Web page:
Podcast transcription with introduction removed
What is the minimum amount of bookkeeping I can do?
Now, as I mentioned on previous episodes, the only admin for HMRC that you need to do as a self-employed person is complete your self-assessment tax return, so at the moment, that is just one form, once a year. If you were to say to me, the only bookkeeping I ever want to do is bare minimum, once a year, for HMRC, that is all you need to do, and you do not need software in order to do this. It can be on Excel, it can also be, if, when you’re opening your new bank account, you choose one of the challenger banks. That could be something like Starling or Monzo or Tide, those gives you the option to allocate your payments to a category, so it’s kind of bare minimum bookkeeping, and both of these are absolutely fine to do.
It won’t give you any reports during the year, so you won’t be able to see where your money’s going, how well each particular income stream is doing, if you’ve got different types of clients, but it will enable you to do that kind of bare minimum once a year bookkeeping, which you can then use to complete your tax return or forward on to your accountant for them to complete your tax return for you.
What software should I use if I want to do a little bit of bookkeeping?
But maybe you don’t want to do the bare minimum. Maybe you are someone who would like some software, so you can kind of keep an idea of where your money’s going. Pretty low level, you don’t need software to raise invoices, you’re not interested in tracking what clients owe you, that kind of stuff, but as the year progresses, you’d like to know where your money’s going, and maybe even get a rough tax estimate as well. You can start looking at software such as QuickBooks self-employed or bank accounts such as Starling have a business toolkit which is like a bolt on bookkeeping option to their software. Both of these are quite good if you don’t want any kind of in depth analysis, but you would like to do a little bit of bookkeeping on a monthly basis and you would like to keep an idea of where your money’s going.
What software should I use if I want to know more about my business?
The next option is if you actually want to do your bookkeeping more often, you are more interested in looking at where your money’s going in a little bit more detail, looking at where your money’s coming from, maybe keeping an eye on how quick some of your clients, or slow, should I say, are at paying you, who owes you money, you want to raise sales invoices, you want a far more complete accounts package, and you’re going to invest in your bookkeeping on an ongoing basis. And that is when I would recommend looking at software such as Zero, Free Agent and QuickBooks.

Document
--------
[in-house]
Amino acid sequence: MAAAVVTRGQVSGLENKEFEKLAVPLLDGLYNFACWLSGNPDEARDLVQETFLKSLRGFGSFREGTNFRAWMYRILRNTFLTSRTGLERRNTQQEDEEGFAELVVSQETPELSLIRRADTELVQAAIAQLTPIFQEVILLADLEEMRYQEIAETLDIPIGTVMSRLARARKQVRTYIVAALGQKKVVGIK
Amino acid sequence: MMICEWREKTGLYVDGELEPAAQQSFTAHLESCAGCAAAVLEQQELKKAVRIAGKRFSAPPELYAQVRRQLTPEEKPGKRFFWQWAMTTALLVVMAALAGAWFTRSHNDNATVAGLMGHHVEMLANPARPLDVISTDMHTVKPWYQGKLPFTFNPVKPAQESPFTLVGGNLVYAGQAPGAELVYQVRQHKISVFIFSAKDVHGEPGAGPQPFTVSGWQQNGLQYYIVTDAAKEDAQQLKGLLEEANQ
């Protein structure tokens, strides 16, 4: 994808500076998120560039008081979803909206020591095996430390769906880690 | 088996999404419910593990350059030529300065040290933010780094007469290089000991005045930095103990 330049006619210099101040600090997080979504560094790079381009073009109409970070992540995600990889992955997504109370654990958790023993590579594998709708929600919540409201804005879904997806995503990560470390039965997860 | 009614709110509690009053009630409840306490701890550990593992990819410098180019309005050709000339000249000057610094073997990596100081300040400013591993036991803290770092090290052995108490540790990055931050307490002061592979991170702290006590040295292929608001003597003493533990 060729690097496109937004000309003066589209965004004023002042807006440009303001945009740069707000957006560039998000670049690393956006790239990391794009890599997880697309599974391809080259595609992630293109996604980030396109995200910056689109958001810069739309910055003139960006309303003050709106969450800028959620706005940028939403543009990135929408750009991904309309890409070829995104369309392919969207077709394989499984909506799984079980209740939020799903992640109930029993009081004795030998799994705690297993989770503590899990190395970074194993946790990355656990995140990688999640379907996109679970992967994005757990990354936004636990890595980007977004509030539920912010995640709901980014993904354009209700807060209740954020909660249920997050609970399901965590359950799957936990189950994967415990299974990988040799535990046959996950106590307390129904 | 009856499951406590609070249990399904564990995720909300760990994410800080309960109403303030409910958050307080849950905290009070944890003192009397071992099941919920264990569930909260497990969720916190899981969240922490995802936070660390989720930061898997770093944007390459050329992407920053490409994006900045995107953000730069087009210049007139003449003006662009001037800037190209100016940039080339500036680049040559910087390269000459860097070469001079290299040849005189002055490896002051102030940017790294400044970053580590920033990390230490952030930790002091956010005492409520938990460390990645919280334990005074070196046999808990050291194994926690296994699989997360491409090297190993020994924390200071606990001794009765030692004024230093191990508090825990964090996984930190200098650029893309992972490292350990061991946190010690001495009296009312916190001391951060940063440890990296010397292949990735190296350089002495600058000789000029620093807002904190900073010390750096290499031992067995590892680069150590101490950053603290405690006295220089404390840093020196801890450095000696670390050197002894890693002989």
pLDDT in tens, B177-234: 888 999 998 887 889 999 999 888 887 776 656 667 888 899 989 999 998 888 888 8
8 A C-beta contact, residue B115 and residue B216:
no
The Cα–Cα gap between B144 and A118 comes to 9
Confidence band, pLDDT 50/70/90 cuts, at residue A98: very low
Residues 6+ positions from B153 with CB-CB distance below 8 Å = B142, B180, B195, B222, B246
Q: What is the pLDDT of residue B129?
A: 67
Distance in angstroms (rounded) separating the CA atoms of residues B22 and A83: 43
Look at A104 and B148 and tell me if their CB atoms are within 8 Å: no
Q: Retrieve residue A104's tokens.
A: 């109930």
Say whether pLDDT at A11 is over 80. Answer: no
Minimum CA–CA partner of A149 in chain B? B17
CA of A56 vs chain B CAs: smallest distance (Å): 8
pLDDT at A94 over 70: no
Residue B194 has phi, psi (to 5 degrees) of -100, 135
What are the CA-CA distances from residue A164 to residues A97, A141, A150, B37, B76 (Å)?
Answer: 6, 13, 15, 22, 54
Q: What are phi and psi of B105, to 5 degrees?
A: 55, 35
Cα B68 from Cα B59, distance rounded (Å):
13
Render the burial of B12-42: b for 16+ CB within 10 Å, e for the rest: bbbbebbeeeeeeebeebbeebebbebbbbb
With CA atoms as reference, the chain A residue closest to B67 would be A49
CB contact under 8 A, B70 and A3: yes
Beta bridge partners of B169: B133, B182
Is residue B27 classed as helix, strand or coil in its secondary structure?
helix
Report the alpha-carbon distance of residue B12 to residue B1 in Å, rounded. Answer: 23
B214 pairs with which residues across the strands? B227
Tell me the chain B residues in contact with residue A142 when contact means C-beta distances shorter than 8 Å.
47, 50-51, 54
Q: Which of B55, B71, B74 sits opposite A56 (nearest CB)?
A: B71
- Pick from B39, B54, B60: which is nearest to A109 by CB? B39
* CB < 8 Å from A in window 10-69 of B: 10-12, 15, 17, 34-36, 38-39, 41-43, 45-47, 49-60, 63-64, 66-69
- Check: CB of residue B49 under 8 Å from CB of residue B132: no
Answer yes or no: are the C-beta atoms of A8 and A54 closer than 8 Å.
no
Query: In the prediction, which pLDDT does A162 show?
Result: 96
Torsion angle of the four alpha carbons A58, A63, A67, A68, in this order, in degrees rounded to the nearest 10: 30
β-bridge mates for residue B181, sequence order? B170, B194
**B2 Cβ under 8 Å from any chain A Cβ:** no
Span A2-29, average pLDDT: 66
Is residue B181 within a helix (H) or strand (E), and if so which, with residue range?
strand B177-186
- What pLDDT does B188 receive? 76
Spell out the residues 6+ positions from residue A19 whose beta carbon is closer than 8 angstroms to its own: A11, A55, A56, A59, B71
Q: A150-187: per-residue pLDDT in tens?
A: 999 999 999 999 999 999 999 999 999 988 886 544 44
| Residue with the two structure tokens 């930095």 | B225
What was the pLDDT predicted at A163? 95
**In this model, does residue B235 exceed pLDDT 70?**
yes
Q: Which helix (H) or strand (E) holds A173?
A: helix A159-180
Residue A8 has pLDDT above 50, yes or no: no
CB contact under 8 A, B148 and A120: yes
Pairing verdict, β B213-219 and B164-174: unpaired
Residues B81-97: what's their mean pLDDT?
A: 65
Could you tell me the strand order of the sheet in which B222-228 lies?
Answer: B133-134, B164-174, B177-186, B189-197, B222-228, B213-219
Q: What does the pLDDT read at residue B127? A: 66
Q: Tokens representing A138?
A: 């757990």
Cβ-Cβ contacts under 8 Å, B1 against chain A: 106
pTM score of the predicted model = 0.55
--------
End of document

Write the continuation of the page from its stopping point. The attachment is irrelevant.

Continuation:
Now, these cost across the range from between ten and probably even 30 pounds a month, which is why I wouldn’t recommend them if you are someone who will only do your bookkeeping once a year, because you would just be paying every month for something you’re not using, and then you would have obviously a large amount of bookkeeping to do at the year end.
A kind of a final thing is, if you’re also looking at changing your bank account at the same time, NatWest and Free Agent have kind of teamed up, so if you get a NatWest business bank account, or you use the NatWest Challenger branch, which is called Metal, you will get a free Free Agent account with that, so that can be a really cost-effective way of getting a very good piece of software for free. That feels like a bit of a rambled answer, but that’s the main thing. In terms of what bookkeeping you need to do, HMRC will only require the basic information once a year. Anything you want to do above that is for you, but just kind of be honest with yourself. Are you doing it for tax and then what level of monitoring of your software would you want to do.
How will Making Tax Digital (MTD) effect my bookkeeping?
To finish this episode, I would like to touch upon Making Tax Digital. Now, you may have heard this if you’ve been following accountants over social media, and this is where HMRC are going to expect people who are self-employed to submit quarterly tax returns, so it’s going to move your bookkeeping away from an annual thing to a quarterly. Now, the details on this are still a little bit vague, it’s still in its testing period, so when everything’s been more formalised, I will do a full episode on this. All I can say is, Making Tax Digital came in for VAT a couple of years ago, and there was a big push to get everyone on accounting software, but some software companies did create something called a bridging software, and that means if you do your bookkeeping on Excel, this bridging software will link your Excel spreadsheet to HMRC.
There’s no requirement to go on the higher level monthly subscription software. There will be, I’m almost certain of it, a way around and for you to continue to use Excel, if that’s your preferred bookkeeping method, but it will mean that you’re going to have to do your bookkeeping a little bit often if you’re someone who only does it for tax.